This months retreat was focusing on the lives of Dalits in India. Dalits are what we know as the "untouchables" cast. Although, technically, they are so low that they aren't even considered to be part of the caste system.
The caste system in India has been in place for thousands of years and is deeply ingrained into Indian society. Unlike the racial divide that persisted (and still does in some way) in the United States, the caste system in India is not based on ethnicity or race. It is essentially a division of labor. Different professions are assigned to different castes. The Dalits are the lowest of these caste and are stuck with menial jobs that no one else wants (or is allowed to do). Ghuri, an Indian anthropologist who studied the caste system in his book, Race and Cast in India, described the caste system as having six features that kept it ingrained in society.
1. Segmented Society
3. Restrictions on feeding and interactions
4. Civil and Religious privileges and limitations
5. Restriction of occupation
6. Restriction of marriage
Because they have been oppressed and marginalized for centuries the disparity between the lives of the dalits and those of other castes is extremely wide. They don't receive good education and they aren't offered good positions which makes it very difficult for social mobility or improvement of life.
One example that I experienced first hand was from a young woman in the Dalit community we visited. She had had the fortune to study all the way up to a Masters Degree in Molecular Biology (largely because of the practice of "reservations" for students from certain communities). She was offered a position at a hospital four hours away from her home. She had to decline the opportunity because her family did not have the money or the connections to find her a place to stay for the first few months before she received her first pay check. Now, instead of working at the hospital research facility she is teaching Biology to high schoolers.
The Dalits usually live in close community with one another and rely on the community as a whole to provide for many of their daily needs. In older towns the Dalit community lives in the eastern part of the town because the upper-castes don't want the Dalits to pollute the breeze flowing from east to west. In more recent decades dalit families have financed their most promising young adults migration to other parts of India or the world (usually the Gulf states). They work jobs that no one else will do in these countries and send back most of the money they make to their families back home.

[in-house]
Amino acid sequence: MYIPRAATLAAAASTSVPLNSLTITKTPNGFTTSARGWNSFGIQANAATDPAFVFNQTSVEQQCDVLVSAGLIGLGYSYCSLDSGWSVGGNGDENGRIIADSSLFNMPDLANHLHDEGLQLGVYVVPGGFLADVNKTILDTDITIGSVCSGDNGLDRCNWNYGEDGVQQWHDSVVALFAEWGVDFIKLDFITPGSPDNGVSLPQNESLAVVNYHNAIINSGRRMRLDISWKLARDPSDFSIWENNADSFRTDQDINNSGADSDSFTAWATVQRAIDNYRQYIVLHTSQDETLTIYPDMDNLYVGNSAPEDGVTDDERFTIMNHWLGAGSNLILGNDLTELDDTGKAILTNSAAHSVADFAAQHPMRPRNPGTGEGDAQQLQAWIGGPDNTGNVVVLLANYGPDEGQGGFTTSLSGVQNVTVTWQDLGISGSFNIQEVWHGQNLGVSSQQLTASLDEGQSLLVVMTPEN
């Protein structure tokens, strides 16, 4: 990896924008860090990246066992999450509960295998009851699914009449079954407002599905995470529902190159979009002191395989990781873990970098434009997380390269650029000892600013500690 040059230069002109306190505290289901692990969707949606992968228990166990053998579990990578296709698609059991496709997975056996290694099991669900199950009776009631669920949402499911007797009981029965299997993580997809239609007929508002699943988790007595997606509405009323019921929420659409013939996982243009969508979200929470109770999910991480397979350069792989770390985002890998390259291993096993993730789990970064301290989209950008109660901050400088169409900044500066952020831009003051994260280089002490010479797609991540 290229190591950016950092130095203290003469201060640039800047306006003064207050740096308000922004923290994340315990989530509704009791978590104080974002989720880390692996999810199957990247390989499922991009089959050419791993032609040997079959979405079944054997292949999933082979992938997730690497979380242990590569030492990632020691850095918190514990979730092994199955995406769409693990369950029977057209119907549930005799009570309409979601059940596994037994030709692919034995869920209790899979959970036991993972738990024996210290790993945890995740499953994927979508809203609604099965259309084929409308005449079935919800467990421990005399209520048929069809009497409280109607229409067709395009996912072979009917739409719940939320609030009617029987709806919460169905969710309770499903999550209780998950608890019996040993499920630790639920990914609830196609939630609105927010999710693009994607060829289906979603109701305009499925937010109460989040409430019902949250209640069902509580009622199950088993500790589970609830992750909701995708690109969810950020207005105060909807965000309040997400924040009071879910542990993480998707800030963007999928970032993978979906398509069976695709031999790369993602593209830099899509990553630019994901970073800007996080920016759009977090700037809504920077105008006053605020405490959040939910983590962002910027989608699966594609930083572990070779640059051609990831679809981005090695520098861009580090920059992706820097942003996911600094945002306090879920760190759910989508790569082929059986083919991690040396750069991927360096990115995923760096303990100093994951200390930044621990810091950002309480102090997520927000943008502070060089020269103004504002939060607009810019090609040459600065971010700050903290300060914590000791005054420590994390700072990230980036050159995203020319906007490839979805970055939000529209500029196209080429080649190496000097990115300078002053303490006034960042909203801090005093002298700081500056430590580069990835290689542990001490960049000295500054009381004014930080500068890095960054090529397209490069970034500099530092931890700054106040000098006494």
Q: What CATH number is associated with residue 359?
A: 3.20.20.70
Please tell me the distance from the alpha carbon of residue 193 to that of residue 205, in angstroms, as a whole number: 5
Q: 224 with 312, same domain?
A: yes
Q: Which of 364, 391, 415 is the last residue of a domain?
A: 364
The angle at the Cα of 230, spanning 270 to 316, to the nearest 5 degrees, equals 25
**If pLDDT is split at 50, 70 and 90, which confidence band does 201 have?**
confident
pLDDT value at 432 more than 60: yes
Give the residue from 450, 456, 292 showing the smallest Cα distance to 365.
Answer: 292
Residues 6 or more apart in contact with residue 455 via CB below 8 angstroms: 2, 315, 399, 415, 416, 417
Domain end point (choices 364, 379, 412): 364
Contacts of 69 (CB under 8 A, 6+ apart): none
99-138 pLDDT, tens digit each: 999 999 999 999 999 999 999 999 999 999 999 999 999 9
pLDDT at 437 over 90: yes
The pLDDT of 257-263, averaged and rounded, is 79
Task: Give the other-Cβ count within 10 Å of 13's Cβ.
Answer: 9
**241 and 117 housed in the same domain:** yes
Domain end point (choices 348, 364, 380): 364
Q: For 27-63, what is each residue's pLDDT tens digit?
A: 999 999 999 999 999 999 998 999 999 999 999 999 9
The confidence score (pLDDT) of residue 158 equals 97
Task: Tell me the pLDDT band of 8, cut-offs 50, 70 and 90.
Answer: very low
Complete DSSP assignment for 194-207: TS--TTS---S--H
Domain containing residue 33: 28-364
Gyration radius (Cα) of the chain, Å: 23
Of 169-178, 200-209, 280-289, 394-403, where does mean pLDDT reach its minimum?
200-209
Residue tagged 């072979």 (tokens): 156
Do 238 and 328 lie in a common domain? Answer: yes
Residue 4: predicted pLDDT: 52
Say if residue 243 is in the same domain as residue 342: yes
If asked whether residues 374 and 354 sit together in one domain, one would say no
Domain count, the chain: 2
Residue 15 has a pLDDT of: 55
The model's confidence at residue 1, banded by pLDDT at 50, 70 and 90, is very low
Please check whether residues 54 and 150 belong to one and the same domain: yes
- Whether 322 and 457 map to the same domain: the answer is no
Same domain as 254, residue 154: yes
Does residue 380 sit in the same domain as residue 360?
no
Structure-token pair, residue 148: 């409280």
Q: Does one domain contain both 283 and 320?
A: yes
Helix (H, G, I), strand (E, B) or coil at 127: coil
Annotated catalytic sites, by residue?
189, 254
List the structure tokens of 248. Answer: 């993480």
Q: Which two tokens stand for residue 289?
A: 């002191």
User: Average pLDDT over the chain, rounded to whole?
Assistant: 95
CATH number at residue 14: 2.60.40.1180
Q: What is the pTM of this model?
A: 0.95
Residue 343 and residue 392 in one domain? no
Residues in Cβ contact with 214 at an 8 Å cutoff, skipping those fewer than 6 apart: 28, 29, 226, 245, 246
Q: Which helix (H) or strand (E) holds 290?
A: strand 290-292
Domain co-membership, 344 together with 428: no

As in all other parts of their lives, their religious communities are separate from non-Dalit congregations. Their churches don't receive full-time clergy and severely lack funding and basic infrastructures.
Thomas John's grandfather was the minister of a Dalit congregation. Although not a Dalit himself, Thomas John grew up in this community and the people here were his neighbors and friends. To return to this community is always an emotional experience and we spent our time going around and visiting many of the families.
One of the interesting recent trends amongst many Dalit communities is the mass conversion to American Pentecostal churches. These churches come into the communities with conversion quotas and give out monetary and material gifts to all those who come to their meetings and are "saved". For the average Dalit family these physical incentives can be enough to get them out to these worship services and the parents usually come away with some money in pocket and the children usually have new school supplies. In our short stay near to this community we met two men from the United States who were Pentecostal ministers.
I know that people like pictures and I apologize that I cannot really provide them for this experience. Due to he sensitive nature of the situation we weren't walking around with our cameras around our necks.
Thursday was Kochammas birthday and so we celebrated that with cake and a small gift from us volunteers
|Our novelty card to Kochamma|